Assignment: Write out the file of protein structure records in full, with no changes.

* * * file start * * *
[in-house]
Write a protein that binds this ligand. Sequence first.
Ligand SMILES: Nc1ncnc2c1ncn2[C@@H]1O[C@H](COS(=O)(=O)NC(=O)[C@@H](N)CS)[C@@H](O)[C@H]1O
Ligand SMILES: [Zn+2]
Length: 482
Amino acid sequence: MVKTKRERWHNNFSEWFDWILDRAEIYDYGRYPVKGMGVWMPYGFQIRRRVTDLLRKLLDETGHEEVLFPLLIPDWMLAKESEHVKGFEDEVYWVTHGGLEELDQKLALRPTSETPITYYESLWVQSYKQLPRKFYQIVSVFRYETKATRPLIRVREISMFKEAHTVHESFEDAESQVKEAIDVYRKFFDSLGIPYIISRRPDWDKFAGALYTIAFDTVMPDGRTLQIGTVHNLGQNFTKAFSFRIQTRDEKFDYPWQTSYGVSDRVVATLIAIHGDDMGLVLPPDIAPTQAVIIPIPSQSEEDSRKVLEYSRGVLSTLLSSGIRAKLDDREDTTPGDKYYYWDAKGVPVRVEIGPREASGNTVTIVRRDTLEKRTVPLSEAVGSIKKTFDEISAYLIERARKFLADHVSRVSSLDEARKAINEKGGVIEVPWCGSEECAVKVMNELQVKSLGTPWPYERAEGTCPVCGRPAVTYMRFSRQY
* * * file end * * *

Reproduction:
[in-house]
Write a protein that binds this ligand. Sequence first.
Ligand SMILES: Nc1ncnc2c1ncn2[C@@H]1O[C@H](COS(=O)(=O)NC(=O)[C@@H](N)CS)[C@@H](O)[C@H]1O
Ligand SMILES: [Zn+2]
Length: 482
Amino acid sequence: MVKTKRERWHNNFSEWFDWILDRAEIYDYGRYPVKGMGVWMPYGFQIRRRVTDLLRKLLDETGHEEVLFPLLIPDWMLAKESEHVKGFEDEVYWVTHGGLEELDQKLALRPTSETPITYYESLWVQSYKQLPRKFYQIVSVFRYETKATRPLIRVREISMFKEAHTVHESFEDAESQVKEAIDVYRKFFDSLGIPYIISRRPDWDKFAGALYTIAFDTVMPDGRTLQIGTVHNLGQNFTKAFSFRIQTRDEKFDYPWQTSYGVSDRVVATLIAIHGDDMGLVLPPDIAPTQAVIIPIPSQSEEDSRKVLEYSRGVLSTLLSSGIRAKLDDREDTTPGDKYYYWDAKGVPVRVEIGPREASGNTVTIVRRDTLEKRTVPLSEAVGSIKKTFDEISAYLIERARKFLADHVSRVSSLDEARKAINEKGGVIEVPWCGSEECAVKVMNELQVKSLGTPWPYERAEGTCPVCGRPAVTYMRFSRQY